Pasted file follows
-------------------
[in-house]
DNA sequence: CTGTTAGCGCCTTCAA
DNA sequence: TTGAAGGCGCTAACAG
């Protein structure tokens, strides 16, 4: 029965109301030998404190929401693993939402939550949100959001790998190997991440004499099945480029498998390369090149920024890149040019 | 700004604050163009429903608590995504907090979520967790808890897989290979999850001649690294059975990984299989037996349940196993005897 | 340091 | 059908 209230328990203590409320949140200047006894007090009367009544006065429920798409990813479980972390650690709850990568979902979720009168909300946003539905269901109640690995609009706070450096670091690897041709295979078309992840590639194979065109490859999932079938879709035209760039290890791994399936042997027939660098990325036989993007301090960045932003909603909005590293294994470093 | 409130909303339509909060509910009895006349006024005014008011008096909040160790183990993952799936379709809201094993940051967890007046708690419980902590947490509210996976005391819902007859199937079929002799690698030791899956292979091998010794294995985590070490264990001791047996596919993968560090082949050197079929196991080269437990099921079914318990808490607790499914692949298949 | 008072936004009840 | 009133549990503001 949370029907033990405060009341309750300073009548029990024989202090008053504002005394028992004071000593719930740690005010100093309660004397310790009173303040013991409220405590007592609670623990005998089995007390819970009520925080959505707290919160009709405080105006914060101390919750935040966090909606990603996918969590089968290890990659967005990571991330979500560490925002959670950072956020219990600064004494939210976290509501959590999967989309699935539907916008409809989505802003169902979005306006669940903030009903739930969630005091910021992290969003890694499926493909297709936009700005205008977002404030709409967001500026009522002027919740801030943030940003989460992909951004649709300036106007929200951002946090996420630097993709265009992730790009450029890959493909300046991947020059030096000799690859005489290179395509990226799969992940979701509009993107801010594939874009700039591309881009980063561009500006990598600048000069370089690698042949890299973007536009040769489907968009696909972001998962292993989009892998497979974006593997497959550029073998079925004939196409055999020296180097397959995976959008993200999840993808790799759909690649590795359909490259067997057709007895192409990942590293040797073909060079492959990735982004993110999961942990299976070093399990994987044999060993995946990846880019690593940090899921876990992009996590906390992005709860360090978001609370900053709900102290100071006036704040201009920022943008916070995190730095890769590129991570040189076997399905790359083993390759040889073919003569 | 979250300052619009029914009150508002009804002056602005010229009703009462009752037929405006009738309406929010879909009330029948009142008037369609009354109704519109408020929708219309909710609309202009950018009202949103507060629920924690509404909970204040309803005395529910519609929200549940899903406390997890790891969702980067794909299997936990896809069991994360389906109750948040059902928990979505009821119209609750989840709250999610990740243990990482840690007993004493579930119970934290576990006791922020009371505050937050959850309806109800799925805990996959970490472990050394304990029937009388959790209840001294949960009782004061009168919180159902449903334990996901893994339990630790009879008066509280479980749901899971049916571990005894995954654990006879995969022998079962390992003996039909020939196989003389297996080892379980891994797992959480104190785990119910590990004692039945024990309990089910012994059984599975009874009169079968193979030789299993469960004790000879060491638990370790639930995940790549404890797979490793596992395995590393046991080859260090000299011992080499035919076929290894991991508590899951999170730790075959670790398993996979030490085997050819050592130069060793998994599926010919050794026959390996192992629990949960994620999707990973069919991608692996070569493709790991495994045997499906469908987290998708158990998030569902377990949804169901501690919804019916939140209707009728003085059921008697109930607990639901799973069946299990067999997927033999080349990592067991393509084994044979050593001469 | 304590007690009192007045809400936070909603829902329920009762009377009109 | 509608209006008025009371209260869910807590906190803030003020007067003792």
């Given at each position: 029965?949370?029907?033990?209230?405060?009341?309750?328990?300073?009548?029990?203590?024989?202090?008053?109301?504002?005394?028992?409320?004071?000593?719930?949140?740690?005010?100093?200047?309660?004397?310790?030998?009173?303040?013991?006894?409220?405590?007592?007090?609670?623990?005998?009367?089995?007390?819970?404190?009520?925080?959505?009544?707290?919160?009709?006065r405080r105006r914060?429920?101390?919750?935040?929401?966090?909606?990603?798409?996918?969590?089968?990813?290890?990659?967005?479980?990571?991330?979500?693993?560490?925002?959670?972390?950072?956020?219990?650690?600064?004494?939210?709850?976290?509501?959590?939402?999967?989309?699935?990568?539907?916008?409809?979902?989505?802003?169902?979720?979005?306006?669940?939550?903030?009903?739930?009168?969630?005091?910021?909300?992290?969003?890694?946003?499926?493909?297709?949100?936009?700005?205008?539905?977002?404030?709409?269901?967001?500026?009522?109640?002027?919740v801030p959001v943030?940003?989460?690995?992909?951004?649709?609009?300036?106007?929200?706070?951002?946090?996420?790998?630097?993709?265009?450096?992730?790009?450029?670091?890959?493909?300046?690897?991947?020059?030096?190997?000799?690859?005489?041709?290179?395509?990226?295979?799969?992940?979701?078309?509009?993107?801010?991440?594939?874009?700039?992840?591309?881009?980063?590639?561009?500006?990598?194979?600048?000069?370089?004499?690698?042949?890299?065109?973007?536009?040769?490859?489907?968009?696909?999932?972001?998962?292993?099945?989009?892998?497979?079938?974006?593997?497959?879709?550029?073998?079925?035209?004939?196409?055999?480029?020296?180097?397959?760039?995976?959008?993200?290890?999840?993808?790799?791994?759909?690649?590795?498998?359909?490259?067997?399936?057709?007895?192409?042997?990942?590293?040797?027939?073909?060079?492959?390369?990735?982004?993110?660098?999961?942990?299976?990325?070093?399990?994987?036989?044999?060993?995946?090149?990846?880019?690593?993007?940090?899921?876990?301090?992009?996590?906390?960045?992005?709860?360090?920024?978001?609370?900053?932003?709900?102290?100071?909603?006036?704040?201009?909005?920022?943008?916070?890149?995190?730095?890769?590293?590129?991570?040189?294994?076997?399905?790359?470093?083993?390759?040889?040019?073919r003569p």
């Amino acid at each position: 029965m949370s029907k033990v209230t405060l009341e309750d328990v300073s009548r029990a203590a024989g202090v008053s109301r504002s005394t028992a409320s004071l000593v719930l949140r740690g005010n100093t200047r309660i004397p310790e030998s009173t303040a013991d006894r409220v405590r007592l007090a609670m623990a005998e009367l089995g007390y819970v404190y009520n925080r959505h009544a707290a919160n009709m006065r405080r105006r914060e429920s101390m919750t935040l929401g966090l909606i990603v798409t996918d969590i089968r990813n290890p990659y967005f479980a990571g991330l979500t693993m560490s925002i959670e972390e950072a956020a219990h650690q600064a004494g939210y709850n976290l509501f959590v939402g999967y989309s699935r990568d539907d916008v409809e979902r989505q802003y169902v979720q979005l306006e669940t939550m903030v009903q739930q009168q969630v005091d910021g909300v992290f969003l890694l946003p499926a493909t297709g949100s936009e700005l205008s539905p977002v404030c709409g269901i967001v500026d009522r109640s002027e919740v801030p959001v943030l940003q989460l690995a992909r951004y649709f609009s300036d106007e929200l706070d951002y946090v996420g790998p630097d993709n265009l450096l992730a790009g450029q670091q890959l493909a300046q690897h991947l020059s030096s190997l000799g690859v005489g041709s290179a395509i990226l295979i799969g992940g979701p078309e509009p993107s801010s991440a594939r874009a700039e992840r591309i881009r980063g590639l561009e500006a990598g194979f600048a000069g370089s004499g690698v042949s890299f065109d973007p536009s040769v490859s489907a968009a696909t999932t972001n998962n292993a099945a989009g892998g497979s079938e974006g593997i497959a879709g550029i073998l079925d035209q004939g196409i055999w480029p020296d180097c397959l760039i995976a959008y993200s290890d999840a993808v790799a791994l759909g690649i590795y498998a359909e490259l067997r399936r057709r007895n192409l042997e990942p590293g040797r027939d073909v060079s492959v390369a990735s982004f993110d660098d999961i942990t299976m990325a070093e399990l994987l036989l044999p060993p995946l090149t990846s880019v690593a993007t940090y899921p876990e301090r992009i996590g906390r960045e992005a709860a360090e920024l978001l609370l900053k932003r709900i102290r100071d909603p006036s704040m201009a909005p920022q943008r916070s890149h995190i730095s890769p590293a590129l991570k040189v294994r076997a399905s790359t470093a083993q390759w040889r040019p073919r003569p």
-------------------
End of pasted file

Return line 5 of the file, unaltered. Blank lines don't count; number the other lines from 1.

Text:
């Given at each position: 029965?949370?029907?033990?209230?405060?009341?309750?328990?300073?009548?029990?203590?024989?202090?008053?109301?504002?005394?028992?409320?004071?000593?719930?949140?740690?005010?100093?200047?309660?004397?310790?030998?009173?303040?013991?006894?409220?405590?007592?007090?609670?623990?005998?009367?089995?007390?819970?404190?009520?925080?959505?009544?707290?919160?009709?006065r405080r105006r914060?429920?101390?919750?935040?929401?966090?909606?990603?798409?996918?969590?089968?990813?290890?990659?967005?479980?990571?991330?979500?693993?560490?925002?959670?972390?950072?956020?219990?650690?600064?004494?939210?709850?976290?509501?959590?939402?999967?989309?699935?990568?539907?916008?409809?979902?989505?802003?169902?979720?979005?306006?669940?939550?903030?009903?739930?009168?969630?005091?910021?909300?992290?969003?890694?946003?499926?493909?297709?949100?936009?700005?205008?539905?977002?404030?709409?269901?967001?500026?009522?109640?002027?919740v801030p959001v943030?940003?989460?690995?992909?951004?649709?609009?300036?106007?929200?706070?951002?946090?996420?790998?630097?993709?265009?450096?992730?790009?450029?670091?890959?493909?300046?690897?991947?020059?030096?190997?000799?690859?005489?041709?290179?395509?990226?295979?799969?992940?979701?078309?509009?993107?801010?991440?594939?874009?700039?992840?591309?881009?980063?590639?561009?500006?990598?194979?600048?000069?370089?004499?690698?042949?890299?065109?973007?536009?040769?490859?489907?968009?696909?999932?972001?998962?292993?099945?989009?892998?497979?079938?974006?593997?497959?879709?550029?073998?079925?035209?004939?196409?055999?480029?020296?180097?397959?760039?995976?959008?993200?290890?999840?993808?790799?791994?759909?690649?590795?498998?359909?490259?067997?399936?057709?007895?192409?042997?990942?590293?040797?027939?073909?060079?492959?390369?990735?982004?993110?660098?999961?942990?299976?990325?070093?399990?994987?036989?044999?060993?995946?090149?990846?880019?690593?993007?940090?899921?876990?301090?992009?996590?906390?960045?992005?709860?360090?920024?978001?609370?900053?932003?709900?102290?100071?909603?006036?704040?201009?909005?920022?943008?916070?890149?995190?730095?890769?590293?590129?991570?040189?294994?076997?399905?790359?470093?083993?390759?040889?040019?073919r003569p």